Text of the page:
All across our readership area, many parents are breathing a collective sigh of relief now that the kids are back in school.

We all love our children and we cherish time spent with them during the carefree days of summer vacation, but let's face it, by the end of August we're ready for them to go back to school.

We can now return to some semblance of a normal routine, and get back to those chores and projects that were put on hold all summer. But more than that, we no longer have to constantly rack our brains thinking of ways to keep them from getting bored. It's now up to the teachers to deal with that particular challenge.

That's not to say, however, that parents don't still bear some responsibility. In order for teachers to help students reach their full academic potential, they need the full support of the parents.

As reported in Science Daily, research from the University of New Hampshire shows that students do much better in school when their parents are actively involved in their education.

"Parental effort is consistently associated with higher levels of achievement, and the magnitude of the effect of parental effort is substantial," said researcher Karen Smith Conway, professor of economics at the University of New Hampshire. "We found that schools would need to increase per-pupil spending by more than $1,000 in order to achieve the same results that are gained with parental involvement.


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The positive results of parental involvement in their children's schooling include improved achievement, reduced absenteeism, improved behavior, and restored parental confidence in their children's schooling, according to the Institute for Responsive Education. Moreover, the earlier this involvement begins, the more profound the results and the longer lasting the effects.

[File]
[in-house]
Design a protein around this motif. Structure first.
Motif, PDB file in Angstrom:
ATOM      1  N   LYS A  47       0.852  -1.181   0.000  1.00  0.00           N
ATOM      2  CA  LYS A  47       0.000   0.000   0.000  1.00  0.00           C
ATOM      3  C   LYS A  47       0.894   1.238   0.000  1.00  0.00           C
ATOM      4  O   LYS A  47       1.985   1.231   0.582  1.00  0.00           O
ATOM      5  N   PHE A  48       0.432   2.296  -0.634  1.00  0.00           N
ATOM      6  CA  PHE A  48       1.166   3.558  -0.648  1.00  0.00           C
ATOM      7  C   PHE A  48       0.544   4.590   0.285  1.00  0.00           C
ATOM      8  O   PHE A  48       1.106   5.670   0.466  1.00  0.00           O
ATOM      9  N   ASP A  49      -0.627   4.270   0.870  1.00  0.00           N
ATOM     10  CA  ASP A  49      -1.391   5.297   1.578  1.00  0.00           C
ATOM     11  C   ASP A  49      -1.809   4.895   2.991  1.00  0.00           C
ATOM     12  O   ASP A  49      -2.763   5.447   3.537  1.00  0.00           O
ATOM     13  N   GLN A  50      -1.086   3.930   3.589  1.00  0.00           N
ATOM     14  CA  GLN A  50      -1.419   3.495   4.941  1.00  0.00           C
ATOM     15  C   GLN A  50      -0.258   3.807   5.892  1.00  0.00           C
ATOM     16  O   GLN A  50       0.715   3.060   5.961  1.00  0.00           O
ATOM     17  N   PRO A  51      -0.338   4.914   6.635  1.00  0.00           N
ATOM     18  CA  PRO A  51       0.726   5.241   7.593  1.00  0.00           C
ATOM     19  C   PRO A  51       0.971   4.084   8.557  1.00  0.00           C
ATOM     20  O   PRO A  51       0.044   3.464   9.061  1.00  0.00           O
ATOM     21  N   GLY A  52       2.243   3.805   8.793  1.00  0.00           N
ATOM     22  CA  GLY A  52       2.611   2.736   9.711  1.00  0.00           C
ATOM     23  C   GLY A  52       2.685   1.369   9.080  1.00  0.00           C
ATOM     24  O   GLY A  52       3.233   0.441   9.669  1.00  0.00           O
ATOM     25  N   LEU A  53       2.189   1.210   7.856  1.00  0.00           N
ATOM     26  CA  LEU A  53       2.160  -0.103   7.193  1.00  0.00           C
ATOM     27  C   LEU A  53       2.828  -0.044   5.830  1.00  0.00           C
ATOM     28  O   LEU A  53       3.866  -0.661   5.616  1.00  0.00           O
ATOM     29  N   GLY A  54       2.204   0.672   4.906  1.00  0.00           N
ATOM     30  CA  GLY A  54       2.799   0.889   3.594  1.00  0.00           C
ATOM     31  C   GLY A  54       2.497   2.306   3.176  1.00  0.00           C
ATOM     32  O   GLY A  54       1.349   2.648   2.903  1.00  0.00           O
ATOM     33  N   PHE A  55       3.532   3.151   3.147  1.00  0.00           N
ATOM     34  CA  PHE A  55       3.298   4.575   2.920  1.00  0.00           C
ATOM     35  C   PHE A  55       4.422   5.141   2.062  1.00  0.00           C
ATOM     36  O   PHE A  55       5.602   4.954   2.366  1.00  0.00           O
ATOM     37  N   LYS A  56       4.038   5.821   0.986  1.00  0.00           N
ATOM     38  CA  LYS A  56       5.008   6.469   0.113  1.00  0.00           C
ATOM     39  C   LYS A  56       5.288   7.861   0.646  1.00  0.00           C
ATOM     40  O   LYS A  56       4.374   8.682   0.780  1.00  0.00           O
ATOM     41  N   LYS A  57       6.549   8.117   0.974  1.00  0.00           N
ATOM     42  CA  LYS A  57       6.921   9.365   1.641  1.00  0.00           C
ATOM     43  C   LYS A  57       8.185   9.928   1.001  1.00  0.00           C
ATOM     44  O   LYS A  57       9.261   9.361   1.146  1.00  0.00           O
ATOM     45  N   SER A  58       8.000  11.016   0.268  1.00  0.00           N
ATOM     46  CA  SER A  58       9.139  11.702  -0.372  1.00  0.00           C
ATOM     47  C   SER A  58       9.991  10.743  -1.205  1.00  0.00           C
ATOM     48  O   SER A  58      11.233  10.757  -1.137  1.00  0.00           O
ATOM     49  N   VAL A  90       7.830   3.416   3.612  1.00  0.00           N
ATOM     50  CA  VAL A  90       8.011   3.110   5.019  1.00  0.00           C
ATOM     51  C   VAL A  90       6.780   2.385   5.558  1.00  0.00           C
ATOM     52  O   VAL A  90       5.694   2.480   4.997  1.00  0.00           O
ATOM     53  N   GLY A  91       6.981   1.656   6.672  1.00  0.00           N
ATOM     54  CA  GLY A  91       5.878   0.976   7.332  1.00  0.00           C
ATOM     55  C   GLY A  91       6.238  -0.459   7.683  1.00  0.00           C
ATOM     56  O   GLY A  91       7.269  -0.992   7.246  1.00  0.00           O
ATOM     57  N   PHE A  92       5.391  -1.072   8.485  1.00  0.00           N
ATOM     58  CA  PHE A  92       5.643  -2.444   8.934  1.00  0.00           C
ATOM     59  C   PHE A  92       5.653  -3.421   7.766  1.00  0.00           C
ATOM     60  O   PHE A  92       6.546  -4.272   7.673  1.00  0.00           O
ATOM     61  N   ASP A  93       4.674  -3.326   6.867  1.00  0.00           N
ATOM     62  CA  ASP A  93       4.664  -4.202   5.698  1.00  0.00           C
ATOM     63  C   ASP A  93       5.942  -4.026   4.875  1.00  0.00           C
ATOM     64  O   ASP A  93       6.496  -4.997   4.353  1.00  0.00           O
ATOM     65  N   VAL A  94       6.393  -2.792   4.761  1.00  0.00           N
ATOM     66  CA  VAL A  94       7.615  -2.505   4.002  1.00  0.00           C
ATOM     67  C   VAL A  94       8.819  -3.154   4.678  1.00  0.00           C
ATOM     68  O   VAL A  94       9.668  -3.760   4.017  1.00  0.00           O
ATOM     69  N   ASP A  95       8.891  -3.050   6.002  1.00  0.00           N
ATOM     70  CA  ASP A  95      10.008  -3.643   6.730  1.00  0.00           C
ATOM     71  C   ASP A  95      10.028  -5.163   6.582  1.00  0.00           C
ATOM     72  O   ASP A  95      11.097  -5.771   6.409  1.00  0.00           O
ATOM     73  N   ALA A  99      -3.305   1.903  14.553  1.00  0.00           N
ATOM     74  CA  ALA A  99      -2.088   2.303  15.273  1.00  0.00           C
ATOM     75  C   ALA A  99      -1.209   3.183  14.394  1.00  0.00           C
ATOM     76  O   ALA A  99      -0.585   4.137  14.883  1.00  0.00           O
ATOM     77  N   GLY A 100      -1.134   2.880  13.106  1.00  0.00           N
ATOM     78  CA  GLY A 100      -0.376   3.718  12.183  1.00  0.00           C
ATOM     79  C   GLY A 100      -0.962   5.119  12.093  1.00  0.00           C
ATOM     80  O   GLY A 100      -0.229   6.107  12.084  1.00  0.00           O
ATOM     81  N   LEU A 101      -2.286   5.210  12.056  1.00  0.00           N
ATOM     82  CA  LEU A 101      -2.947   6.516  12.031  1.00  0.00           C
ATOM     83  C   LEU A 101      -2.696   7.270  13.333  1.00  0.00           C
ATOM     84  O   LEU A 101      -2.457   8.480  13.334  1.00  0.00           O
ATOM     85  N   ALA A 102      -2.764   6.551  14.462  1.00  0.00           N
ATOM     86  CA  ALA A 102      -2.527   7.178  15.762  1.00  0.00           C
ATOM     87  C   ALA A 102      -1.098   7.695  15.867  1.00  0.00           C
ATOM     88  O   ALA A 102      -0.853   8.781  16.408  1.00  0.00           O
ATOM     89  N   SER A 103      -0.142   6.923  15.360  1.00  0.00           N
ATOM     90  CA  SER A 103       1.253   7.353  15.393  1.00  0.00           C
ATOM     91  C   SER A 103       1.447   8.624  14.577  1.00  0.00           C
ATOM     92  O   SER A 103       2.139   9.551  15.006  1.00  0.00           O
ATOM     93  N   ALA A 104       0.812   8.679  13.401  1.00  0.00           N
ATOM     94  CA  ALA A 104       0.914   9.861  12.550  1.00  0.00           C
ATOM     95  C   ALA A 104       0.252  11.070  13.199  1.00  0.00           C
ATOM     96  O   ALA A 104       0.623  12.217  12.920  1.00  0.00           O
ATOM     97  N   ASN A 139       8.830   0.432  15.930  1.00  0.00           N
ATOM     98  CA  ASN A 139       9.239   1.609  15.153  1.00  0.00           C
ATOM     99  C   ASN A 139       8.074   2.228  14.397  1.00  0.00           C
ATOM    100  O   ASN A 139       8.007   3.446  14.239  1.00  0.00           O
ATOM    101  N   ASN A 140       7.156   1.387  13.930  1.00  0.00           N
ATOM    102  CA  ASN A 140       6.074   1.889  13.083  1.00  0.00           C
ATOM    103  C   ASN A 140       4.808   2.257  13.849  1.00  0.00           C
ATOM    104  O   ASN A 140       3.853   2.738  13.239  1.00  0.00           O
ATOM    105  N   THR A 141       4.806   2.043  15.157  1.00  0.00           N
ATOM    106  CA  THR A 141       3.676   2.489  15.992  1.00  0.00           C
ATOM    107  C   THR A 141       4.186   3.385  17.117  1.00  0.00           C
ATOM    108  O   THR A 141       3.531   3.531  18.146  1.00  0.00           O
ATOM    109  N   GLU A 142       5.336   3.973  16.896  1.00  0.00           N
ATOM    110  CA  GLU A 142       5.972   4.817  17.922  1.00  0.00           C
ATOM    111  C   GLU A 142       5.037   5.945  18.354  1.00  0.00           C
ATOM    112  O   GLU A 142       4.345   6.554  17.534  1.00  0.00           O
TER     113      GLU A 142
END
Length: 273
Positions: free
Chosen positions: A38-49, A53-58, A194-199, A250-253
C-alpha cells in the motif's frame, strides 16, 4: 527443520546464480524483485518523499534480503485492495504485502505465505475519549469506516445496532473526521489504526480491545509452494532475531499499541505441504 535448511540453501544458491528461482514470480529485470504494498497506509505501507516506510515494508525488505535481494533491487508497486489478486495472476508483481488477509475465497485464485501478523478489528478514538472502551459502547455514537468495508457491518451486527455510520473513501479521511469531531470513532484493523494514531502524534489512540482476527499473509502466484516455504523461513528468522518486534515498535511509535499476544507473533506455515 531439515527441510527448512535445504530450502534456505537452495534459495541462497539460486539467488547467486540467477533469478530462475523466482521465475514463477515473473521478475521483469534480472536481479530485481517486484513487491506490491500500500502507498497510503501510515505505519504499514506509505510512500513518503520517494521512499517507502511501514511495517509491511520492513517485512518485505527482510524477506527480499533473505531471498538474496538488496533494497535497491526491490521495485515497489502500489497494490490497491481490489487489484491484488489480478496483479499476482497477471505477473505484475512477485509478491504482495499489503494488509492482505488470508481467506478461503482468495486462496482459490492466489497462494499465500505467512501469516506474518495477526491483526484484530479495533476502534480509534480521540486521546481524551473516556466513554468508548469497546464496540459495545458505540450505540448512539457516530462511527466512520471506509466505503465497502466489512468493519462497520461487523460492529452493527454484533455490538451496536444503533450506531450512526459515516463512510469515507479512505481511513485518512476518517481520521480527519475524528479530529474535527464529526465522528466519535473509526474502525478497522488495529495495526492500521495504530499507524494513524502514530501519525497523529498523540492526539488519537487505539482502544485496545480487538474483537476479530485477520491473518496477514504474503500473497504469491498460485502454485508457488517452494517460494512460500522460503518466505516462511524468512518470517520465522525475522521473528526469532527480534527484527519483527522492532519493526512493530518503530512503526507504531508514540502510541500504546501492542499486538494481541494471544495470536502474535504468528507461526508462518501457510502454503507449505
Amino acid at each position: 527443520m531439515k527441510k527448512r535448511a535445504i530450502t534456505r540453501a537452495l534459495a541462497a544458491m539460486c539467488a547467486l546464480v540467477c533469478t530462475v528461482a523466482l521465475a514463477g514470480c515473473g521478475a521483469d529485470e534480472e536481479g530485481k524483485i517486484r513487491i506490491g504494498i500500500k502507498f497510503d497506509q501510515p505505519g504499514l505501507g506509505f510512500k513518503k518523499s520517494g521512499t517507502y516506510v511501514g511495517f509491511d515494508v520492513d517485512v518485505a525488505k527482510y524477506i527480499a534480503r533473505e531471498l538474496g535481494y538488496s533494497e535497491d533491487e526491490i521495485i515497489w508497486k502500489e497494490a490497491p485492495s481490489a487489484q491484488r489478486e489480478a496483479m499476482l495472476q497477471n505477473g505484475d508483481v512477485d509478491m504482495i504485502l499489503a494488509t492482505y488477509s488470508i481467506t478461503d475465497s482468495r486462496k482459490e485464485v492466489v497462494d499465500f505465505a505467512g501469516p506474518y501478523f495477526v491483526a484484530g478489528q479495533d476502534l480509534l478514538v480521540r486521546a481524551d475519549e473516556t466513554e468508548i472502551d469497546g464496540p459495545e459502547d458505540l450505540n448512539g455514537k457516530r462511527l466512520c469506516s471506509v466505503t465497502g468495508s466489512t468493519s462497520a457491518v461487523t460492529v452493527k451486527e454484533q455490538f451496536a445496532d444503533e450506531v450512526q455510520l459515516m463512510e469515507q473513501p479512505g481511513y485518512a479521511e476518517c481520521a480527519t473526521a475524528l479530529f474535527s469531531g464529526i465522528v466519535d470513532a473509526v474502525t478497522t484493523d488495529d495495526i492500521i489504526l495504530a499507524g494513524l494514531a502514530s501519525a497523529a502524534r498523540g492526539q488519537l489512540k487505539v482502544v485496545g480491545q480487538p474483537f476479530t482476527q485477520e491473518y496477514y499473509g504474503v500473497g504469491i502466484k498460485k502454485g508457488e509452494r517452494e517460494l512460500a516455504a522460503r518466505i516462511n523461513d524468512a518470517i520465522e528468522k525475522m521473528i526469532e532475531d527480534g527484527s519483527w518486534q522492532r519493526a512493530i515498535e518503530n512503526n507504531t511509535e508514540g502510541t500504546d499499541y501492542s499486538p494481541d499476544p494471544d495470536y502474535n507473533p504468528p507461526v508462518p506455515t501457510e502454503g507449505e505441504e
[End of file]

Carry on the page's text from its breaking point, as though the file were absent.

When families are involved in their children's education in positive ways, children achieve higher grades and test scores, complete more homework assignments, demonstrate more positive attitudes and behavior, graduate at higher rates, and have greater enrollment in higher education. Parental involvement with older children extends these benefits beyond schooling into later life and career decisions, according to the Institute.

Data from the National Assessment of Educational Progress support these findings. Three factors over which parents can exercise authority -- student absenteeism, the variety of reading materials in the home, and excessive television watching -- account for nearly 90 percent of the difference in the average state-by-state performance of eighth-graders' mathematics test scores among 37 states and the District of Columbia.

Each family can contribute to the school by working together as a team with the faculty and staff for the enhancement of your child's education; volunteering to chaperone field trips or help in the classroom; attending parent teacher conferences and presentations; and being consistent with providing homework support as needed.

Parent/teacher groups serve as a communication link between the school and the community in order to promote a positive school/community relationship that will enhance the children's educational environment and experience. They help enhance educational outcomes of the school by fostering support for the schools' educational objectives, and they enhance the educational facilities and opportunities for students that are not otherwise provided for in the school budgets.

Helping your children with their homework is especially important because it provides time for newly learned skills, allows parents and guardians to observe and assist in student work, and extends a student's thinking beyond the immediate learning of class. In fact, when determining what types of involvement work best, the Southwest Educational Development Laboratory found one common factor: "Programs and interventions that engage families in supporting their children's learning at home are linked to higher student achievement."

The bottom line is, students' families are a valuable and integral part of the education process. Parents who are committed to working together with the school and the community at large guarantee the success of their children in school and beyond.